Both federal law and California state law protect employees in a variety of ways. These protections range from ensuring that they receive fair compensation for work time to preserving health and safety by placing limitations on hours worked and mandating minimum break times.
Unfortunately, not every employer complies with these requirements. That’s why it’s important for workers to understand their rights, and also the remedies available if an employer fails to pay overtime rates, denies employees required rest periods, or otherwise violates the law.
Los Angeles County Overtime Policy
The right to overtime pay is protected by both state and federal law. California law extends beyond federal overtime requirements, meaning that California workers are entitled to receive overtime pay under circumstances that would not trigger the federal requirement.
United States Federal Overtime Laws
The federal statute regarding overtime pay is straightforward: non-exempt employees are entitled to overtime pay for any hours worked in excess of 40 per week. Overtime pay must be at least one and one-half times the employee’s regular hourly rate, and the week is defined as a fixed seven-day period.
One of the most common abuses of federal overtime regulations has been misclassification of employees as “exempt.” The exempt employee classification is intended for management and professional employees. However, some companies have labeled employees who would normally be hourly workers as management and placed them on salary in an attempt to circumvent overtime pay requirements.
In 2016, the Department of Labor took a significant step toward cutting back on this type of abuse by raising the threshold for an exempt employee from $23,660 annually to $47,476. Simply earning $47,476 per year does not mean that an employee is exempt; rather, the threshold is a minimum requirement for exemption. Additional information, such as the employee’s job responsibilities, is also considered.
Federal law places no limitations on the number of hours an adult employee can work in a week, and does not place daily requirement or require days off.
California Salary Laws
California overtime law is much more complex than federal law, but also provides greater protections to employees.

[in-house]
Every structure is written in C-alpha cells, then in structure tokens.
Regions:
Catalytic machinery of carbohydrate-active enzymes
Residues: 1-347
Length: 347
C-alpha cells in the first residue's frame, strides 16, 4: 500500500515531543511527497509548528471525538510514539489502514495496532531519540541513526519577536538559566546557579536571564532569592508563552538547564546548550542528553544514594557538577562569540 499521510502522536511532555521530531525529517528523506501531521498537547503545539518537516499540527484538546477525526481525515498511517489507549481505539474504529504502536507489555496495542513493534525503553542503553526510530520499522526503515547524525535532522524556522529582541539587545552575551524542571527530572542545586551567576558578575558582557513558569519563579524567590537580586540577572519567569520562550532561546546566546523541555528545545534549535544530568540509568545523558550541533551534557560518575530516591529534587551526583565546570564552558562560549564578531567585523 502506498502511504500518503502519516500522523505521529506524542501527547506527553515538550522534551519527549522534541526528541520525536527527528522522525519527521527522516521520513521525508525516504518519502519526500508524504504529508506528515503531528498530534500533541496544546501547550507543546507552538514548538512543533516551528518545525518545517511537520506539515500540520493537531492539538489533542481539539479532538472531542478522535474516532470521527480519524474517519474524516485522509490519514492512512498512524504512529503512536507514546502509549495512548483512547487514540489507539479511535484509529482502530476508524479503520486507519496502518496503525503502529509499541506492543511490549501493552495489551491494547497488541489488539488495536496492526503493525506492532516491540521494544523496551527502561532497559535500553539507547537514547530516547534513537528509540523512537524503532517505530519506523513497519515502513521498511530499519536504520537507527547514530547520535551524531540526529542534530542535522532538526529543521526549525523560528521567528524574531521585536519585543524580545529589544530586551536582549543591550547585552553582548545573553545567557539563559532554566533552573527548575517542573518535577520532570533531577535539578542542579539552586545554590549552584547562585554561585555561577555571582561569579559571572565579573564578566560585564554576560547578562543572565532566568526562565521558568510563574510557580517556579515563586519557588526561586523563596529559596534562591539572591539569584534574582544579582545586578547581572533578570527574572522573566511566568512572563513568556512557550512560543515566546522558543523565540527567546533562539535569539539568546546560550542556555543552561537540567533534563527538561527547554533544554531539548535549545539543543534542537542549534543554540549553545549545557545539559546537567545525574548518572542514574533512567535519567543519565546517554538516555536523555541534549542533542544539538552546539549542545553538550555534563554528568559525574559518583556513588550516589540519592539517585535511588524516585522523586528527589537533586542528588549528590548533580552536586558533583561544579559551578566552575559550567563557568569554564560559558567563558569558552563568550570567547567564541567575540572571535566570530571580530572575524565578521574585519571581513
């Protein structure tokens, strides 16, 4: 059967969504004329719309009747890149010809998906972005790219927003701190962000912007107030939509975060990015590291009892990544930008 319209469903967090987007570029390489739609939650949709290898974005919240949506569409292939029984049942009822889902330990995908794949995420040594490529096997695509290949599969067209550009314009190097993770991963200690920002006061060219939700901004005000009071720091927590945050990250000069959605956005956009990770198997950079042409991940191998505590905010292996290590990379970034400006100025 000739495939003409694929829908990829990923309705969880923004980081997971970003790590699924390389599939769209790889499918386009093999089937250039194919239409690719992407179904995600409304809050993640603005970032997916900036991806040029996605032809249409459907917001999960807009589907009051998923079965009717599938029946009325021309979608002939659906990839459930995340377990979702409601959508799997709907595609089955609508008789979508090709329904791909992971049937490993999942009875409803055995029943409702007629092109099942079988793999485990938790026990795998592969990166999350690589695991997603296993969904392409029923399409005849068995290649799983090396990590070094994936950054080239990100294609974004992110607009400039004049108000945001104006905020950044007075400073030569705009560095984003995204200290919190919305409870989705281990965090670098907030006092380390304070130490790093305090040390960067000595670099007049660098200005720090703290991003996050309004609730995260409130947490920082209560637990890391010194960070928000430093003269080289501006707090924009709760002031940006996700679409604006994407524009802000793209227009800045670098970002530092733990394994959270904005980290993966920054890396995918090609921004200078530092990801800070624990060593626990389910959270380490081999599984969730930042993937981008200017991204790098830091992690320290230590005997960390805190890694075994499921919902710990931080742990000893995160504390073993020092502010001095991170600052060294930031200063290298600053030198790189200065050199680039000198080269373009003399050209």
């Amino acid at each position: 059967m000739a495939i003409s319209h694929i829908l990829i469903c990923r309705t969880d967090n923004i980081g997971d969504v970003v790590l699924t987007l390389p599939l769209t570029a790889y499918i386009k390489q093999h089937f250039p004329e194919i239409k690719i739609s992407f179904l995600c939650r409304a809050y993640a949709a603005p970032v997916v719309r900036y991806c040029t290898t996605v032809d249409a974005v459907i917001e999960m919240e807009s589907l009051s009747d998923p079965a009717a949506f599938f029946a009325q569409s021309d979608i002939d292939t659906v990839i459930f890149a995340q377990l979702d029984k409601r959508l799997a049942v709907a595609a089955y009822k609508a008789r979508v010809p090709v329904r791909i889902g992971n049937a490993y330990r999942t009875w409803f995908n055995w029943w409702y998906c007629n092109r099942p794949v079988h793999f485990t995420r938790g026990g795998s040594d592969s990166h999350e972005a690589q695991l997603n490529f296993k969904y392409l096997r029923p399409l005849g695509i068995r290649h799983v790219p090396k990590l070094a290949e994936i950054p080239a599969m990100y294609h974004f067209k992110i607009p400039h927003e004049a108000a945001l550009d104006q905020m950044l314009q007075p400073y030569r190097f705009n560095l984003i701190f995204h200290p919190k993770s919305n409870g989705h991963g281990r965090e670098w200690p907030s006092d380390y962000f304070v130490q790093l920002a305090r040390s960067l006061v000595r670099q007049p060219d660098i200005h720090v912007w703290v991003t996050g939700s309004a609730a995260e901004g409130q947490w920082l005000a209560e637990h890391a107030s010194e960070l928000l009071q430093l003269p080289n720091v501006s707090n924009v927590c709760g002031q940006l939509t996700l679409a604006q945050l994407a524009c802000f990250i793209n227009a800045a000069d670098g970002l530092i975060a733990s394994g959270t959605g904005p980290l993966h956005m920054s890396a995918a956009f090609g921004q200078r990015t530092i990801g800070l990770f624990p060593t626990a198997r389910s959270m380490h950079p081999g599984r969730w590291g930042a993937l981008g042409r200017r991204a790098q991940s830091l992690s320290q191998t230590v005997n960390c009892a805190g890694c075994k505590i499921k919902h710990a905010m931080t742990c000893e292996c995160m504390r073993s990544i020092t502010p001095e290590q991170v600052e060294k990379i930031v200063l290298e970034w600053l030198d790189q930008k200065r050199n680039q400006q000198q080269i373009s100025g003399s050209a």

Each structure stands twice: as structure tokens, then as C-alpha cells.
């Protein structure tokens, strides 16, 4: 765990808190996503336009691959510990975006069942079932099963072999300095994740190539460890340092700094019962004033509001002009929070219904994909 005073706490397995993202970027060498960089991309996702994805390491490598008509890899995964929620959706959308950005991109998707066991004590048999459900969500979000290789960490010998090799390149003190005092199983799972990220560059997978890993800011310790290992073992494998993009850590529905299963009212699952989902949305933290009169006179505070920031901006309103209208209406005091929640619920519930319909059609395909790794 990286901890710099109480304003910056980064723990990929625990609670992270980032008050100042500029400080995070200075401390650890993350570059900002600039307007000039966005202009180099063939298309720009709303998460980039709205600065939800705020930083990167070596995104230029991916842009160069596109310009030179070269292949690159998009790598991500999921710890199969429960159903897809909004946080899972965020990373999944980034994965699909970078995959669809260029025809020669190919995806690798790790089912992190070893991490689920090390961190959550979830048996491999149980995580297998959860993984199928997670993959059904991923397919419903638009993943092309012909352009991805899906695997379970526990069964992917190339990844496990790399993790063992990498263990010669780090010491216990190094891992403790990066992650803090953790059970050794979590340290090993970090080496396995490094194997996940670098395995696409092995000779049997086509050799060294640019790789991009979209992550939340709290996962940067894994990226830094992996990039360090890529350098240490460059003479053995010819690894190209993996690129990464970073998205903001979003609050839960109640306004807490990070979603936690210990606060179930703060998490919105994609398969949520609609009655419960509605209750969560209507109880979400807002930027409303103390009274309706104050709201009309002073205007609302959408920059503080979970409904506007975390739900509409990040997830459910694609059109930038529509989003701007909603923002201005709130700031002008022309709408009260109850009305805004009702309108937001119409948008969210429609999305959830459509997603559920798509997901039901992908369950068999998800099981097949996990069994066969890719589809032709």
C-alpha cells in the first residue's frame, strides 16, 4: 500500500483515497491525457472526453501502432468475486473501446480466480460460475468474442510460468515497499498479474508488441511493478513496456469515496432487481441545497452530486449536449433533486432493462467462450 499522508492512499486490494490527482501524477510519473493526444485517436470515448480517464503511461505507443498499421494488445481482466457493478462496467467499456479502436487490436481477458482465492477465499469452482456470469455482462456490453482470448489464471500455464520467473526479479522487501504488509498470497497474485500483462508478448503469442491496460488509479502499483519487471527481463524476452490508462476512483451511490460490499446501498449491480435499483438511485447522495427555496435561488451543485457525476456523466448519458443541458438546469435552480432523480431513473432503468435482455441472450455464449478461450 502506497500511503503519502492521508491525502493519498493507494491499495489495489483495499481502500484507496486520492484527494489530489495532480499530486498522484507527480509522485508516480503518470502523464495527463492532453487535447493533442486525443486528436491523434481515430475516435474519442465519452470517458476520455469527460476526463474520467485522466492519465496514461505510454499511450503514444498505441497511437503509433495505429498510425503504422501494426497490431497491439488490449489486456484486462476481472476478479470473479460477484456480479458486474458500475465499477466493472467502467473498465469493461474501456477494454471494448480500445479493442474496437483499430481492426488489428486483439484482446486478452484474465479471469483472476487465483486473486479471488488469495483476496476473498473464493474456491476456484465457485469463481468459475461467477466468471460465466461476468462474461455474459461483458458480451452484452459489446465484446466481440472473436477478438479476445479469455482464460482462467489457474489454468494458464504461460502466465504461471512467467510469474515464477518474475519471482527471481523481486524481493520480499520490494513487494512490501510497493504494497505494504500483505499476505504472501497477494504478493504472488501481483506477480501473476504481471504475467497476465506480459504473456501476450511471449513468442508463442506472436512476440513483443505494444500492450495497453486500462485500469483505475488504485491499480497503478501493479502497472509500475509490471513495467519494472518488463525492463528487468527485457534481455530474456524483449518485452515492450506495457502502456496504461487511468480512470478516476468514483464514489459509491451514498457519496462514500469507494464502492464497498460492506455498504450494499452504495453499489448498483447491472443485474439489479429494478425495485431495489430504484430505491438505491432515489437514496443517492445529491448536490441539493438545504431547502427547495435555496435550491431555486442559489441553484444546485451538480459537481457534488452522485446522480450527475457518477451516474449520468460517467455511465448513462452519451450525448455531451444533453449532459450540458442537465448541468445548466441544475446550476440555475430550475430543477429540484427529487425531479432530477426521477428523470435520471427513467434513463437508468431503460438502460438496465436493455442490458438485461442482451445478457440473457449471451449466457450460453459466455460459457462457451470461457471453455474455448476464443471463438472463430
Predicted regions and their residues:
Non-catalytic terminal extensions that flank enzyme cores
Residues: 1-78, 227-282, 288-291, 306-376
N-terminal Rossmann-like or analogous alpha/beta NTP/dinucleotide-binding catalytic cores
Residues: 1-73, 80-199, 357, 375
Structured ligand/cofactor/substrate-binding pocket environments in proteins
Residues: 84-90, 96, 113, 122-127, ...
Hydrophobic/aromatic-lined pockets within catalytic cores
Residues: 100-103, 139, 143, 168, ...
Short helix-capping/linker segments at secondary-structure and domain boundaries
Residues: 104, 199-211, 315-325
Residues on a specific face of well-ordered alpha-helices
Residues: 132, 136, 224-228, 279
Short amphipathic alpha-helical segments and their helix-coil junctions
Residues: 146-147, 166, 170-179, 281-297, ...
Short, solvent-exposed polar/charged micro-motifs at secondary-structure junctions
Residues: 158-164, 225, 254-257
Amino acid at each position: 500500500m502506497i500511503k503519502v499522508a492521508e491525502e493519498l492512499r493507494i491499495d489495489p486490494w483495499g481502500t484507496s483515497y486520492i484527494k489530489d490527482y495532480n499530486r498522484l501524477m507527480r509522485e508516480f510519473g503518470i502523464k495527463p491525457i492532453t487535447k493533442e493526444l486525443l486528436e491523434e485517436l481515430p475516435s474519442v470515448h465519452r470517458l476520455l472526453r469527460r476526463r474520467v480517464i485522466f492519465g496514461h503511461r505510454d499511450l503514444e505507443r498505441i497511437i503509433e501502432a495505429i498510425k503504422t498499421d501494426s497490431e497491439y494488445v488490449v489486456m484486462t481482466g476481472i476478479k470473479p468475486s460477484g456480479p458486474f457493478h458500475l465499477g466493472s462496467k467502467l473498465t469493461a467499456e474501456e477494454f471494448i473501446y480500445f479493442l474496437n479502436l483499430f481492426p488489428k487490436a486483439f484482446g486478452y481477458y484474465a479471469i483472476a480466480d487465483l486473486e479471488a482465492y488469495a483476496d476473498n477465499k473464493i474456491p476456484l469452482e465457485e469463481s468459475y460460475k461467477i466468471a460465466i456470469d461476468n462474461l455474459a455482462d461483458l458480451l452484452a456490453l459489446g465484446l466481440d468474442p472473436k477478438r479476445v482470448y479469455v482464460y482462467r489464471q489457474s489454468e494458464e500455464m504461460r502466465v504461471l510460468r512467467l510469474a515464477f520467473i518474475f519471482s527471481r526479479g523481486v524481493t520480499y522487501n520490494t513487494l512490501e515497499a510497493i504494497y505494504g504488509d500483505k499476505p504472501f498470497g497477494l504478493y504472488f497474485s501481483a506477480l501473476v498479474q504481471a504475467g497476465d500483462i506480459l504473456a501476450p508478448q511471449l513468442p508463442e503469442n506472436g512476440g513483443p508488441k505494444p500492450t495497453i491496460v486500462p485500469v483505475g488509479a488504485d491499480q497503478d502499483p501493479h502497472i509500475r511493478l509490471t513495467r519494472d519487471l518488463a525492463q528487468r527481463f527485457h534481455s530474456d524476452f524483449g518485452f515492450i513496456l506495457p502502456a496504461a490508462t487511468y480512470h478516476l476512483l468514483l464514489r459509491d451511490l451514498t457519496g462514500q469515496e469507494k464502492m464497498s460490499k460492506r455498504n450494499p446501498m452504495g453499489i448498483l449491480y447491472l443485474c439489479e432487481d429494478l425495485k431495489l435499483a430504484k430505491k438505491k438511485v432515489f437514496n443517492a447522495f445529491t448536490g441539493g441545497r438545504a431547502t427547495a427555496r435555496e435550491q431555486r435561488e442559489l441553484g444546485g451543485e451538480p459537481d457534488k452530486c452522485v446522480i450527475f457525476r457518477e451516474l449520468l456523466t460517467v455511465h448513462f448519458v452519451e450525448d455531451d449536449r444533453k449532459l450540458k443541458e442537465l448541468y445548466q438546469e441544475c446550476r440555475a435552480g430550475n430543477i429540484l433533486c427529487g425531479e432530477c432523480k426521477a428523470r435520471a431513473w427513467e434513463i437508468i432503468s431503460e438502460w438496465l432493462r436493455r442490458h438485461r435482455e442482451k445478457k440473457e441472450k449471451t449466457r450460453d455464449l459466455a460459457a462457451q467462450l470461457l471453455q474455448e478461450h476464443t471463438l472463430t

In addition to requiring “time and a half” pay for any hours worked in excess of 40 per week, California law also mandates a premium for long work days. Most California employers must pay non-exempt employees:
• One and one-half times the employee’s regular rate of pay for any hours worked in excess of eight in a day, up to and including 12 hours
• One and one-half times the employee’s regular rate of pay for the first eight hours worked on the seventh consecutive work day in a week
• Double the employee’s regular rate of pay for any hours worked in excess of 12 in a day
• Double the employee’s regular rate of pay for any hours worked in excess of eight on the seventh consecutive work day in a week
However, there are certain exemptions and exceptions, such that some employers may be required to pay overtime differently, and some employees may not be entitled to overtime pay. And, calculating the “regular rate of pay” may be complicated under some circumstances, such as when the employee is salaried but works an inconsistent number of hours each week, or when an employee performs two separate functions for the company at separate rates of pay.
If you’re uncertain as to whether you are receiving proper overtime pay and think your employer may be cutting corners or have you misclassified, an employment lawyer can be the best source of information about your rights and options.
Claims for Unpaid Overtime Pay Violations in Los Angeles